Your Life Expectancy and Your Social Security

by Dr. Gary Welton

Your Life Expectancy and Your Social Security
Your Life Expectancy and Your Social Security
The Center For Vision & Values
The Center For Vision & Values

Grove City, PA -(AmmoLand.com)- According to a recent report by the Centers for Disease Control and Prevention, life expectancy in the United States is the longest ever, approaching 79 years.

This was highlighted in the recent Time cover story, “This Baby Could Live to Be 142 Years Old.” With very few exceptions—such as the flu pandemic of 1918, which caused the life expectancy to temporarily plummet by a dozen years—our life expectancy has continued with a positive trend line throughout our nation’s history.

During my lifetime, life expectancy has increased from 70 to almost 79. In 1960, when life expectancy was 70, full retirement age for Social Security was 65. Therefore, on average, it was necessary for Social Security benefits to be able to fund five years of retirement. Now, as life expectancy approaches 79, full retirement age has increased to 67. Hence, on average, it will now be necessary for Social Security benefits to fund 12 years of retirement.

Social Security has been labeled the “third rail of American politics.” This label, going back to (at least) the Reagan era, predicts that politicians who are so bold as to propose changes in these benefits are committing political suicide. The increase in retirement age (that continues to grow from age 65 to age 67) was enacted in 1983 and signed into law by President Reagan. His landslide reelection in the following year suggests that changes to Social Security might not be as suicidal as the phrase suggests.

When I talk with college students and emerging adults, they often suggest that they do not expect to realize any Social Security benefits. They expect the system to implode long before they retire. This is unacceptable. It would be extremely selfish of our generation to bankrupt this system without finding some long-term solution.

Apart from the Social Security angle, the reality is that over the last decade, pension and retirement benefits have collapsed or have been drastically cut for many Americans. Those who carefully planned and managed their expected retirement position often had to make life-changing adjustments in order to regain that position. According to recent reports, however, many Americans have simply ceased to plan and save for retirement.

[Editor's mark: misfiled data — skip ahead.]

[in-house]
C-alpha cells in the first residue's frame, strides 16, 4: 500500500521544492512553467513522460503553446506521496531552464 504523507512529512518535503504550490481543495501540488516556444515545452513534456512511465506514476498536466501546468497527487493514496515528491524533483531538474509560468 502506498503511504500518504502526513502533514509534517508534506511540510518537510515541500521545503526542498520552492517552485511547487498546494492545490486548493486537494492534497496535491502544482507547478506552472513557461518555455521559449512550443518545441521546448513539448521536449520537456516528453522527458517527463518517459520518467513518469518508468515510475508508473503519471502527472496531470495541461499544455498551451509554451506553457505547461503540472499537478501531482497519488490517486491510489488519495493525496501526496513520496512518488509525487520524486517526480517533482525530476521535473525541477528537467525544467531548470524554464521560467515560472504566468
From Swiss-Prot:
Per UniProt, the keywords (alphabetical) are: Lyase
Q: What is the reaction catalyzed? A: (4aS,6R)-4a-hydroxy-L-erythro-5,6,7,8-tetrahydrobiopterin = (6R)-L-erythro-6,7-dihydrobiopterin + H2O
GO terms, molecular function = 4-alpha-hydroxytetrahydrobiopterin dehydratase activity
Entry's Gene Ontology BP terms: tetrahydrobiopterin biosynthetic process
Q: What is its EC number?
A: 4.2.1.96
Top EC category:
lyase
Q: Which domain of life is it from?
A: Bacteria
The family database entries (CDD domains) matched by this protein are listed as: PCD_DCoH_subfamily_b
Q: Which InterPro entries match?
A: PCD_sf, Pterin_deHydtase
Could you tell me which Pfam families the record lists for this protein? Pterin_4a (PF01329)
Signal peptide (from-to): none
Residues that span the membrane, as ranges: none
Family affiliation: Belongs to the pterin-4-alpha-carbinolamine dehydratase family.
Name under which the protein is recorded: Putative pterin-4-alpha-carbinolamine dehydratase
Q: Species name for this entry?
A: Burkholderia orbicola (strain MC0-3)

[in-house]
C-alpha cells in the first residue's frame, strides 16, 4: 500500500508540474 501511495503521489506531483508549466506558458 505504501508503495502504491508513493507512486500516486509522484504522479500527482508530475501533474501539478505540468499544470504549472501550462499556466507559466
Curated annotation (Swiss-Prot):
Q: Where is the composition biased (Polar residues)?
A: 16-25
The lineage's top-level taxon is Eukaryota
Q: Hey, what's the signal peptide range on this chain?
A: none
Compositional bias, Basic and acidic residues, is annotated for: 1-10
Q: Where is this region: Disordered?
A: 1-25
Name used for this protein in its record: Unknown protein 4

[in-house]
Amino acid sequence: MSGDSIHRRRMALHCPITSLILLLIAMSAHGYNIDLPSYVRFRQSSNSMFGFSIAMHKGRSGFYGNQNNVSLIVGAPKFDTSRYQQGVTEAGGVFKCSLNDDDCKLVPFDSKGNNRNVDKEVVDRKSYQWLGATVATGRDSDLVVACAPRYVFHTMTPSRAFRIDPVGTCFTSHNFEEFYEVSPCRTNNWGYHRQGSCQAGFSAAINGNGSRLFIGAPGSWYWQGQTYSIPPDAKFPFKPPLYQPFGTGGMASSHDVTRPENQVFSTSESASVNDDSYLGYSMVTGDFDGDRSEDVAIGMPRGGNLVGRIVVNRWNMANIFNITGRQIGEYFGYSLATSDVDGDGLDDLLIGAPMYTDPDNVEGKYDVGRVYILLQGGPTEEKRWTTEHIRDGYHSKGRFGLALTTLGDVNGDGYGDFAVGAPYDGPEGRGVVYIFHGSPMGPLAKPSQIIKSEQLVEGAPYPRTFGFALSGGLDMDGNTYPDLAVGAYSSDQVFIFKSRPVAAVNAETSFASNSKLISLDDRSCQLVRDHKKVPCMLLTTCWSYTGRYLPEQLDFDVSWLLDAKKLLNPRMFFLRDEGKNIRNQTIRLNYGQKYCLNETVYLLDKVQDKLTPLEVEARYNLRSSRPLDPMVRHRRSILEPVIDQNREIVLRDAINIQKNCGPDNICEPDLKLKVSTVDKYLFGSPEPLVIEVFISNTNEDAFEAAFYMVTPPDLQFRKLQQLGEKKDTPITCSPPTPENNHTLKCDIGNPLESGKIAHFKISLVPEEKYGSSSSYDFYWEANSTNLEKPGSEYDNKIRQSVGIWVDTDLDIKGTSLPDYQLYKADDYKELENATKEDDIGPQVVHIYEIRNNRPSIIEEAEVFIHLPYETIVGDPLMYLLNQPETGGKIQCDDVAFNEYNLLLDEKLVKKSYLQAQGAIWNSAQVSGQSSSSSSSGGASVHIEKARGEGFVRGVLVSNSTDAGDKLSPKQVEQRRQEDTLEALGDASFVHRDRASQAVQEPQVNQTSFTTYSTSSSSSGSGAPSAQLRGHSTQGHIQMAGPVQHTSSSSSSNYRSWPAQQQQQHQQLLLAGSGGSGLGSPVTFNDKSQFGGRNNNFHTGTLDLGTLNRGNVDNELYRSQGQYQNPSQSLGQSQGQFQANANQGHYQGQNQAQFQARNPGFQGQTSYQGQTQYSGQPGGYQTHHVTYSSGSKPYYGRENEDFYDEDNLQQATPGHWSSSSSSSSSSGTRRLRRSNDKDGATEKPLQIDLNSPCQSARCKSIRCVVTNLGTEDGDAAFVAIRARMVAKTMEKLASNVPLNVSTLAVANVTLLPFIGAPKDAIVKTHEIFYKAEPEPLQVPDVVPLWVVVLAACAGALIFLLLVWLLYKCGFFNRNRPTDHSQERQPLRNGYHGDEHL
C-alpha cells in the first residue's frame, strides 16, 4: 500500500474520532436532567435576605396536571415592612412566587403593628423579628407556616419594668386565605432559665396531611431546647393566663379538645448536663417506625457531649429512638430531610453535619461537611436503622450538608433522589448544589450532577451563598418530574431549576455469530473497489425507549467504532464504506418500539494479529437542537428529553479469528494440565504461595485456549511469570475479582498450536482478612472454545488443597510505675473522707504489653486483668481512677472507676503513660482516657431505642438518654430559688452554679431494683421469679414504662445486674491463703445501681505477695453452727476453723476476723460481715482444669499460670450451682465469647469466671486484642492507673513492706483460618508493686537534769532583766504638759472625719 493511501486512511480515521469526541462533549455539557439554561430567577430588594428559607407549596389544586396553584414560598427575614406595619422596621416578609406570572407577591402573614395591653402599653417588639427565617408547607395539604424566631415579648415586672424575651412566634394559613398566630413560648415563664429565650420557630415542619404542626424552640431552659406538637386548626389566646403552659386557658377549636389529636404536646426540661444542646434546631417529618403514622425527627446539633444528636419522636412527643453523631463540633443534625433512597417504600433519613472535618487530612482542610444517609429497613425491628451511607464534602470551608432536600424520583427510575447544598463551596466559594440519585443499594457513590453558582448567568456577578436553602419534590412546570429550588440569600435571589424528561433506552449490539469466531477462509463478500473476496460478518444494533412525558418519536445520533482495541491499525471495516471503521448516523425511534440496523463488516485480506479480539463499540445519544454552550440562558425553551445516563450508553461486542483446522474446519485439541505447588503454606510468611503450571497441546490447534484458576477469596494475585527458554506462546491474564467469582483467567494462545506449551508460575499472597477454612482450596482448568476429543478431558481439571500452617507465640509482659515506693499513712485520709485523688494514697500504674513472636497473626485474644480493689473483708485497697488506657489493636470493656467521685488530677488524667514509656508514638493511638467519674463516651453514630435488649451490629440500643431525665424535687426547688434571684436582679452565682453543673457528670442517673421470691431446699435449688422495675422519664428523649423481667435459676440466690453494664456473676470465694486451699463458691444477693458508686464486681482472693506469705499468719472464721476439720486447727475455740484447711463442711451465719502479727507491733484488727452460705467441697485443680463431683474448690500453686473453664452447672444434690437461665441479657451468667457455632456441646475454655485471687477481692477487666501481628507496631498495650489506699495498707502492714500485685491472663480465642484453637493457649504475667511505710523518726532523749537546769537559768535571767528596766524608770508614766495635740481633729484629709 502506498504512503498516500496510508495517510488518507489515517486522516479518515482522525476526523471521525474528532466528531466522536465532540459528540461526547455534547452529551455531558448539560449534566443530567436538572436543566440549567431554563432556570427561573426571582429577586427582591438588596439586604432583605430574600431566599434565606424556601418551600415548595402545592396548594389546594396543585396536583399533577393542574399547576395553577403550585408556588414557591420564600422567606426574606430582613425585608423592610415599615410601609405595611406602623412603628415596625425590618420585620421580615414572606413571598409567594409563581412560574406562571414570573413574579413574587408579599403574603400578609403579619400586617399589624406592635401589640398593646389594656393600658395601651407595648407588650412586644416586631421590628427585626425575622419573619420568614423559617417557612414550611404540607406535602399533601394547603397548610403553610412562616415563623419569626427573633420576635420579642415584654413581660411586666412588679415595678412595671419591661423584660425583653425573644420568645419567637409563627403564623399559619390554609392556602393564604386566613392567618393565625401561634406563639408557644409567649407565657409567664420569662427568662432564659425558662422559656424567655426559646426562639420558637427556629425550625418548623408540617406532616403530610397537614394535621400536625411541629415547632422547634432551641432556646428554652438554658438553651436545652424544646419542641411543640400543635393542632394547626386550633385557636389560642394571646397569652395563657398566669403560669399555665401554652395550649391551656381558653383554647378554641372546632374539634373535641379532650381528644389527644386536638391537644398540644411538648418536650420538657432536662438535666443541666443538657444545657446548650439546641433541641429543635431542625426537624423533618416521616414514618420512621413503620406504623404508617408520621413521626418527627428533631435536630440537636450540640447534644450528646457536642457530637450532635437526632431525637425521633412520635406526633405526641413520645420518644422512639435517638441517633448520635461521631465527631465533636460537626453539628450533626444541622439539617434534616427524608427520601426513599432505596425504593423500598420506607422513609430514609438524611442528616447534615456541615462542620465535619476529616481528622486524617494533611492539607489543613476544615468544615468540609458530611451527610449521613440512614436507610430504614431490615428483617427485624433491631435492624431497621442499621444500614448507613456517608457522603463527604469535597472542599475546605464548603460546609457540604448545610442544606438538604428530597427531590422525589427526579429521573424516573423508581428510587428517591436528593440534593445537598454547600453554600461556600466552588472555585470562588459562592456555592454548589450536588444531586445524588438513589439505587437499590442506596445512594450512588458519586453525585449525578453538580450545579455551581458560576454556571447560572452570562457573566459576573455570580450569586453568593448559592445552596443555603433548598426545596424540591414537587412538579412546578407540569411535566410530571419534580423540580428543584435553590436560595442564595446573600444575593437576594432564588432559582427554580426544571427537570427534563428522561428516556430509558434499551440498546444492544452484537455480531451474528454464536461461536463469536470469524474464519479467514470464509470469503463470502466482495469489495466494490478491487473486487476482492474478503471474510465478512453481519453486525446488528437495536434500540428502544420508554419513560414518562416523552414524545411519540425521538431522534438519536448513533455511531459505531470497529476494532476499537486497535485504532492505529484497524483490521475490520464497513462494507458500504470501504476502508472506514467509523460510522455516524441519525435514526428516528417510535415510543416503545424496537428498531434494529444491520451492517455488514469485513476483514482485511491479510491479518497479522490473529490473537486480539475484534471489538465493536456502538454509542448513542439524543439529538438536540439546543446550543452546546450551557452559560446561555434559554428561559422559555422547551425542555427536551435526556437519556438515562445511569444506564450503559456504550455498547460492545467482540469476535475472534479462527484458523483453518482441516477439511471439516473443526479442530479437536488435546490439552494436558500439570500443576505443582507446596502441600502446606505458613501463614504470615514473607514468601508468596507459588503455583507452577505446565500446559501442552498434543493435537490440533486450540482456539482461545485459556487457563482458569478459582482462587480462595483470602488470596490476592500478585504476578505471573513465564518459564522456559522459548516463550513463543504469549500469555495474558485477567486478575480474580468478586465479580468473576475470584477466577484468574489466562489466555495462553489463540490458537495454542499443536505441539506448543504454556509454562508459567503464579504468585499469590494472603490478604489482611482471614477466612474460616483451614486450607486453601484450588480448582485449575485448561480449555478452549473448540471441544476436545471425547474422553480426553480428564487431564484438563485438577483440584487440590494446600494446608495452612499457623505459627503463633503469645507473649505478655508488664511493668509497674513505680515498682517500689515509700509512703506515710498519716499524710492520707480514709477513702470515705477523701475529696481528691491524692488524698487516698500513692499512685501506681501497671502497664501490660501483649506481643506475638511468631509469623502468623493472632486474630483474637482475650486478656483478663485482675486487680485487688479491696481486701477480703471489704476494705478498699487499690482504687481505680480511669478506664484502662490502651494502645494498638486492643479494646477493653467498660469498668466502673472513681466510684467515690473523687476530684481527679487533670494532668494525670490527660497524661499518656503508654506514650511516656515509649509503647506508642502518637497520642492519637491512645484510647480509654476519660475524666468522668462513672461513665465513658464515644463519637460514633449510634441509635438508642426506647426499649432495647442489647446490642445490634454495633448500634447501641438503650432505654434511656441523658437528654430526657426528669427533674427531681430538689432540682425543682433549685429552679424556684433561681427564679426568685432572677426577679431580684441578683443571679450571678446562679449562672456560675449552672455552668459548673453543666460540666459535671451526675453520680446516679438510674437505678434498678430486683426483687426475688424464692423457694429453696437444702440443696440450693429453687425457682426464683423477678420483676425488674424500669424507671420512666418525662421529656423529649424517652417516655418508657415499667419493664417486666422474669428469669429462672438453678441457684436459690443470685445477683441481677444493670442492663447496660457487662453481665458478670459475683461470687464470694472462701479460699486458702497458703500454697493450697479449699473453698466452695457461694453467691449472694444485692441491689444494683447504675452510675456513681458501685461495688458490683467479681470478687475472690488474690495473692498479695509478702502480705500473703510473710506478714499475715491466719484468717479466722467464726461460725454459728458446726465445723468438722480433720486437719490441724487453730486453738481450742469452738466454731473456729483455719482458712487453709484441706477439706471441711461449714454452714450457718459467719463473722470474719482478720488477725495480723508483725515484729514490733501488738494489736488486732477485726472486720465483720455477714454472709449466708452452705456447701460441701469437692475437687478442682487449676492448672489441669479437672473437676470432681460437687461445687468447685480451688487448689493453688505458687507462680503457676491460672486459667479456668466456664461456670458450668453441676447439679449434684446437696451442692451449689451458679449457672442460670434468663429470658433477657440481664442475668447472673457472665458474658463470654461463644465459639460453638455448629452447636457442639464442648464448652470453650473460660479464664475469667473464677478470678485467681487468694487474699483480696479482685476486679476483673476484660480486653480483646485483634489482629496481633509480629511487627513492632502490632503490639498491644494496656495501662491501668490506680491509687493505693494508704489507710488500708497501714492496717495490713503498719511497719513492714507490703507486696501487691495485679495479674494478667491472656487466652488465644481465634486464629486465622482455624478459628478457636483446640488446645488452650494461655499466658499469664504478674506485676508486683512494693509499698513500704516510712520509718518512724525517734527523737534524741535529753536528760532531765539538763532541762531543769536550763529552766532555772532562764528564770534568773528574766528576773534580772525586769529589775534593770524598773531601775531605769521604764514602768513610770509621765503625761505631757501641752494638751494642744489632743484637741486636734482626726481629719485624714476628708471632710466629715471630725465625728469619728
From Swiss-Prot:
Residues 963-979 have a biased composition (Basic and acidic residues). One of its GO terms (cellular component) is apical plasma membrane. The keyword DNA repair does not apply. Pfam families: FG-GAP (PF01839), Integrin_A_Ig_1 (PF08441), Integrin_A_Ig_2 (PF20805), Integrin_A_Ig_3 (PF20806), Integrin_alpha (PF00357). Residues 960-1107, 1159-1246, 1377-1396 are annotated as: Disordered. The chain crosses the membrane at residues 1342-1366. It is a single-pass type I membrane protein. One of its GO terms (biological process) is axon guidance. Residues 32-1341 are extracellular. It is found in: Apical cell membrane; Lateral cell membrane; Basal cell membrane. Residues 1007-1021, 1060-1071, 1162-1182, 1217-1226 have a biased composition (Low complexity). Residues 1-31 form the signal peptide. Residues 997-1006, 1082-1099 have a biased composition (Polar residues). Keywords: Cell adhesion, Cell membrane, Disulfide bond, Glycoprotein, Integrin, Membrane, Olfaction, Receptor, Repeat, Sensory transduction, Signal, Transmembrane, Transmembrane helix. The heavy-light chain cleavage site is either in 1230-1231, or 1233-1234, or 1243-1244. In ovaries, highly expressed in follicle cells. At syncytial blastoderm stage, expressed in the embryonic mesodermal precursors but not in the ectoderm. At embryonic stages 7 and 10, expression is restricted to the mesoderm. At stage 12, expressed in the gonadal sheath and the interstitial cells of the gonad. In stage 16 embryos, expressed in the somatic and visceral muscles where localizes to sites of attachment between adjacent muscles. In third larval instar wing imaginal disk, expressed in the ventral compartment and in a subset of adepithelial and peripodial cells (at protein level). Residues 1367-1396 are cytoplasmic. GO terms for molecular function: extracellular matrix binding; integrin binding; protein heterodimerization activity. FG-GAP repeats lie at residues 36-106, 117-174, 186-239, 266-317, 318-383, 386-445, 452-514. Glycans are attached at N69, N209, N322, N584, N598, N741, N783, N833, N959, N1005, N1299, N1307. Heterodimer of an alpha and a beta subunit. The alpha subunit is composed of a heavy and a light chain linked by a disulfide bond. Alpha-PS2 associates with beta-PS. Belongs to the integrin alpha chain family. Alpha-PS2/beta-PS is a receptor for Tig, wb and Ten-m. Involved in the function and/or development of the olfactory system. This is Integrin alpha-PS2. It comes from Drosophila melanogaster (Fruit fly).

It is unreasonable to expect our youth to fund 12 years of retirement. It is time to revisit this issue and undergo serious bipartisan work to make it better.

The longer life expectancy must be considered as we plan for the future stability of retirement benefits—the future financial stability of our children and grandchildren.

About the Author:

Dr. Gary L. Welton is assistant dean for institutional assessment, professor of psychology at Grove City College, and a contributor to The Center for Vision & Values. He is a recipient of a major research grant from the Templeton Foundation to investigate positive youth development.

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Greg
Greg
6 years ago

There are some parts of article that I agree with, and some not. As already mentioned, congress has taken money from the SS system over the years, and probably with no intention of putting it back. Of course, if ask today, they would say they intended to return the money. However, they did not. I hate the word entitled, so I will not use it. All people who lived life , worked, and payed into the SS system, deserve to be paid from the SS system after retirement. All congress members over the last seventy years are to blame for… Read more »

karl
karl
6 years ago

What about the surplus that has been stolen over the years and IOU’s replacing it . Congress, who took it ,needs to put it back including interest that has been lost. Also stop giving to those that did not earn it. I think this would more than cure the problem (shortfall).

Idadho
Idadho
6 years ago

We can ‘reduce’ the funding problem if we means test those who apply. It is needed for many who worked in occupations with minimal pension funding mechanisms. But, there are many drawing full benefits who tour the country in $300,000 motorhomes towing a Lexus then return to their nice primary residences off season. Their fully funded private pensions plus massive savings make it so they would hardly even miss the SS payments.

KDB
KDB
6 years ago

Also have Congress put all the surplus that has been stolen over the years and pay interest on it !

SuperG
SuperG
6 years ago

Our government is going the wrong direction too. If it was truly “for the people”, they would be looking to lower the retirement age, not raise it. Chronic over-achievers who want to die at their desks are in charge, and they have no problem taking the rest of us with them. But before they go though, they want to buy real expensive toys to kill people with, and that money must come from somewhere.

Walt
Walt
6 years ago

Give me back the money I was forced to donate (at, say, 5% interest) and I’d happily get out of SS. Took my money, promised I would get it back, now it is an “entitlement” and I’m bad for taking it. BS. SS should be disbanded.

Al Schmidt
Al Schmidt
6 years ago
Reply to  Walt

Why will Social Security go broke when we paid into it all of our working life and illegal aliens get free health care, food stamps, & free housing when they never paid a penny into the US treasury. It is time to get rid of the Liberals in the U.S. They are trying to bankrupt us so that they can form a tyrannical government like Cuba!